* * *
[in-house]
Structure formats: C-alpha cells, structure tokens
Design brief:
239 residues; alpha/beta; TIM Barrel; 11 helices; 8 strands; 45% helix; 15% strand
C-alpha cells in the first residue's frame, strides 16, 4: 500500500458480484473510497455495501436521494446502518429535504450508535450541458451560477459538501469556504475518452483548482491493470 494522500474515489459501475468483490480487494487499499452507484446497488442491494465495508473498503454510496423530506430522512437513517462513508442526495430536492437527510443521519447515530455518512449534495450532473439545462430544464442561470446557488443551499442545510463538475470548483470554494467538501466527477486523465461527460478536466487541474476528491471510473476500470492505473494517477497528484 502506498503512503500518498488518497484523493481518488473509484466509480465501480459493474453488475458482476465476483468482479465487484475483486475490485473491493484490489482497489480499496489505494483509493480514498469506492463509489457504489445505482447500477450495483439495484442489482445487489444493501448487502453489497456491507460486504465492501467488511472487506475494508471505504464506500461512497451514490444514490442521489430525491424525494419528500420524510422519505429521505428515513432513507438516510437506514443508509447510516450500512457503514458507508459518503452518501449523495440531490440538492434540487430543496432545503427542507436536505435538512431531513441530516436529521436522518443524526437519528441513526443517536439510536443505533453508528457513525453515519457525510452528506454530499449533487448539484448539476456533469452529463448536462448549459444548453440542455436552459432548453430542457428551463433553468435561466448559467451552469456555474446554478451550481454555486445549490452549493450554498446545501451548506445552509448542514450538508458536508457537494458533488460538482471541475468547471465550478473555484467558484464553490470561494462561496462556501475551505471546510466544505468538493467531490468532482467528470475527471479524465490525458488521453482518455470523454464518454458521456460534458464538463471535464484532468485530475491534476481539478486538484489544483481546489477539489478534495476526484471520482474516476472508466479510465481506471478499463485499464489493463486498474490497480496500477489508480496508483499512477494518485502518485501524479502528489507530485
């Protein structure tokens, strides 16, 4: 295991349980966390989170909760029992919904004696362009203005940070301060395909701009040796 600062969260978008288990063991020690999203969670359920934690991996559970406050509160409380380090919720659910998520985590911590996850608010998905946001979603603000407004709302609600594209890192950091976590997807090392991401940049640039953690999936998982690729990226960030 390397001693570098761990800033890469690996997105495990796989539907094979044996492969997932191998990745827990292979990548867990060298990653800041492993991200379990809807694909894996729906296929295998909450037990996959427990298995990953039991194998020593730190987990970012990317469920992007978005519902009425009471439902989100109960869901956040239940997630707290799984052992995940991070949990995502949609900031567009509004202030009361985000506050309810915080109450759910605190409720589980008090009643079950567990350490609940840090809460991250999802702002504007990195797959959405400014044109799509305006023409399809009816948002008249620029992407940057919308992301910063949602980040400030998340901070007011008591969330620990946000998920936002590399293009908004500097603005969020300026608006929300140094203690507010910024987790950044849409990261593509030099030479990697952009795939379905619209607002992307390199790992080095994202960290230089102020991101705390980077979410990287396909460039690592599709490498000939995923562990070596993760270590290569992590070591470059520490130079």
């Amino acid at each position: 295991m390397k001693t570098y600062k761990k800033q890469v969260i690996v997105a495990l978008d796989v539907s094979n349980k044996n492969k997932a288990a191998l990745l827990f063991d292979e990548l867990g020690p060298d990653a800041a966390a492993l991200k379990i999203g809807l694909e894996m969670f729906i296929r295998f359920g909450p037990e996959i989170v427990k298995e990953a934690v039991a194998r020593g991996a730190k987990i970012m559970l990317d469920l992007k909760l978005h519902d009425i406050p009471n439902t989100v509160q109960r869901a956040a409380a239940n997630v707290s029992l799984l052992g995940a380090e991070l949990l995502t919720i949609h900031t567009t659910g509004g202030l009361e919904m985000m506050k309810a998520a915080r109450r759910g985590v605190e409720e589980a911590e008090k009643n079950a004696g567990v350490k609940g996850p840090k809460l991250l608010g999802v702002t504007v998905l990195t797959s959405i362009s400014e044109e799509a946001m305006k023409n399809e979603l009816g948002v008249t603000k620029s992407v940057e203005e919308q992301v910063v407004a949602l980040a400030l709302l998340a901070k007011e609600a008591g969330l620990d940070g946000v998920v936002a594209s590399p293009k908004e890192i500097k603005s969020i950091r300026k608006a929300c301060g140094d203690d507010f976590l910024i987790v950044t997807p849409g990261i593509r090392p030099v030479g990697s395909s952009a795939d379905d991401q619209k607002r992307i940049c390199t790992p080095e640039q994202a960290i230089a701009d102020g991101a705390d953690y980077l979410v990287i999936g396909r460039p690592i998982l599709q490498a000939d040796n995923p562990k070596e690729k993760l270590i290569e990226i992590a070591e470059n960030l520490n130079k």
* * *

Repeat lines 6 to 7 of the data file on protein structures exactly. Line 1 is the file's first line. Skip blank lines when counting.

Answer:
């Protein structure tokens, strides 16, 4: 295991349980966390989170909760029992919904004696362009203005940070301060395909701009040796 600062969260978008288990063991020690999203969670359920934690991996559970406050509160409380380090919720659910998520985590911590996850608010998905946001979603603000407004709302609600594209890192950091976590997807090392991401940049640039953690999936998982690729990226960030 390397001693570098761990800033890469690996997105495990796989539907094979044996492969997932191998990745827990292979990548867990060298990653800041492993991200379990809807694909894996729906296929295998909450037990996959427990298995990953039991194998020593730190987990970012990317469920992007978005519902009425009471439902989100109960869901956040239940997630707290799984052992995940991070949990995502949609900031567009509004202030009361985000506050309810915080109450759910605190409720589980008090009643079950567990350490609940840090809460991250999802702002504007990195797959959405400014044109799509305006023409399809009816948002008249620029992407940057919308992301910063949602980040400030998340901070007011008591969330620990946000998920936002590399293009908004500097603005969020300026608006929300140094203690507010910024987790950044849409990261593509030099030479990697952009795939379905619209607002992307390199790992080095994202960290230089102020991101705390980077979410990287396909460039690592599709490498000939995923562990070596993760270590290569992590070591470059520490130079």
């Amino acid at each position: 295991m390397k001693t570098y600062k761990k800033q890469v969260i690996v997105a495990l978008d796989v539907s094979n349980k044996n492969k997932a288990a191998l990745l827990f063991d292979e990548l867990g020690p060298d990653a800041a966390a492993l991200k379990i999203g809807l694909e894996m969670f729906i296929r295998f359920g909450p037990e996959i989170v427990k298995e990953a934690v039991a194998r020593g991996a730190k987990i970012m559970l990317d469920l992007k909760l978005h519902d009425i406050p009471n439902t989100v509160q109960r869901a956040a409380a239940n997630v707290s029992l799984l052992g995940a380090e991070l949990l995502t919720i949609h900031t567009t659910g509004g202030l009361e919904m985000m506050k309810a998520a915080r109450r759910g985590v605190e409720e589980a911590e008090k009643n079950a004696g567990v350490k609940g996850p840090k809460l991250l608010g999802v702002t504007v998905l990195t797959s959405i362009s400014e044109e799509a946001m305006k023409n399809e979603l009816g948002v008249t603000k620029s992407v940057e203005e919308q992301v910063v407004a949602l980040a400030l709302l998340a901070k007011e609600a008591g969330l620990d940070g946000v998920v936002a594209s590399p293009k908004e890192i500097k603005s969020i950091r300026k608006a929300c301060g140094d203690d507010f976590l910024i987790v950044t997807p849409g990261i593509r090392p030099v030479g990697s395909s952009a795939d379905d991401q619209k607002r992307i940049c390199t790992p080095e640039q994202a960290i230089a701009d102020g991101a705390d953690y980077l979410v990287i999936g396909r460039p690592i998982l599709q490498a000939d040796n995923p562990k070596e690729k993760l270590i290569e990226i992590a070591e470059n960030l520490n130079k």